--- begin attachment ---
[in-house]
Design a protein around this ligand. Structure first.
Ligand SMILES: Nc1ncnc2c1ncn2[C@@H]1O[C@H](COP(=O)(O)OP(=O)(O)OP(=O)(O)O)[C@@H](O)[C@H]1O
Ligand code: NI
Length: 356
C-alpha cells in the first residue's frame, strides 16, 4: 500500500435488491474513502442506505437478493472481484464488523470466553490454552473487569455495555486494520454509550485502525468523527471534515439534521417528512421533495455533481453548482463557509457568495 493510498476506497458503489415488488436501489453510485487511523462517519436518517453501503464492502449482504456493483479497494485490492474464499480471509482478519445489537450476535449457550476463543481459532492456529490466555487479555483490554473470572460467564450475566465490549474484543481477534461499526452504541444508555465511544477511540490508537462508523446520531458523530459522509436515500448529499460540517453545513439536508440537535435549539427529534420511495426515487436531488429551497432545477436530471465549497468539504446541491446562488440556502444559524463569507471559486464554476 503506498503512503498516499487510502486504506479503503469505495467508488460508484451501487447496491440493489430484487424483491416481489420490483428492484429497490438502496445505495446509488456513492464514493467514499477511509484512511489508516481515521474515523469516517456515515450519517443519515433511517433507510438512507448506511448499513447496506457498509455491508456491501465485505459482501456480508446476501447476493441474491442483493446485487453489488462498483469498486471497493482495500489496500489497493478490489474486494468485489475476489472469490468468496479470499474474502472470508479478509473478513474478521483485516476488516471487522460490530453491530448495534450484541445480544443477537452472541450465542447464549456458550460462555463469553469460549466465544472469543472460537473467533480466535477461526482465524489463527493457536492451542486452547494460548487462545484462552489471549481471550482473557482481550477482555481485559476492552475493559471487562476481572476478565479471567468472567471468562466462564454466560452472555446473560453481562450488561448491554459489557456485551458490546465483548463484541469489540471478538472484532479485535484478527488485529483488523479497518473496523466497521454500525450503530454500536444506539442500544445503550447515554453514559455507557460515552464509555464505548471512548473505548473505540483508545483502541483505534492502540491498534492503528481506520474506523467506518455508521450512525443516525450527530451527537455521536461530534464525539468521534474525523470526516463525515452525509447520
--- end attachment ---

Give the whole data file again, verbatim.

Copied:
[in-house]
Design a protein around this ligand. Structure first.
Ligand SMILES: Nc1ncnc2c1ncn2[C@@H]1O[C@H](COP(=O)(O)OP(=O)(O)OP(=O)(O)O)[C@@H](O)[C@H]1O
Ligand code: NI
Length: 356
C-alpha cells in the first residue's frame, strides 16, 4: 500500500435488491474513502442506505437478493472481484464488523470466553490454552473487569455495555486494520454509550485502525468523527471534515439534521417528512421533495455533481453548482463557509457568495 493510498476506497458503489415488488436501489453510485487511523462517519436518517453501503464492502449482504456493483479497494485490492474464499480471509482478519445489537450476535449457550476463543481459532492456529490466555487479555483490554473470572460467564450475566465490549474484543481477534461499526452504541444508555465511544477511540490508537462508523446520531458523530459522509436515500448529499460540517453545513439536508440537535435549539427529534420511495426515487436531488429551497432545477436530471465549497468539504446541491446562488440556502444559524463569507471559486464554476 503506498503512503498516499487510502486504506479503503469505495467508488460508484451501487447496491440493489430484487424483491416481489420490483428492484429497490438502496445505495446509488456513492464514493467514499477511509484512511489508516481515521474515523469516517456515515450519517443519515433511517433507510438512507448506511448499513447496506457498509455491508456491501465485505459482501456480508446476501447476493441474491442483493446485487453489488462498483469498486471497493482495500489496500489497493478490489474486494468485489475476489472469490468468496479470499474474502472470508479478509473478513474478521483485516476488516471487522460490530453491530448495534450484541445480544443477537452472541450465542447464549456458550460462555463469553469460549466465544472469543472460537473467533480466535477461526482465524489463527493457536492451542486452547494460548487462545484462552489471549481471550482473557482481550477482555481485559476492552475493559471487562476481572476478565479471567468472567471468562466462564454466560452472555446473560453481562450488561448491554459489557456485551458490546465483548463484541469489540471478538472484532479485535484478527488485529483488523479497518473496523466497521454500525450503530454500536444506539442500544445503550447515554453514559455507557460515552464509555464505548471512548473505548473505540483508545483502541483505534492502540491498534492503528481506520474506523467506518455508521450512525443516525450527530451527537455521536461530534464525539468521534474525523470526516463525515452525509447520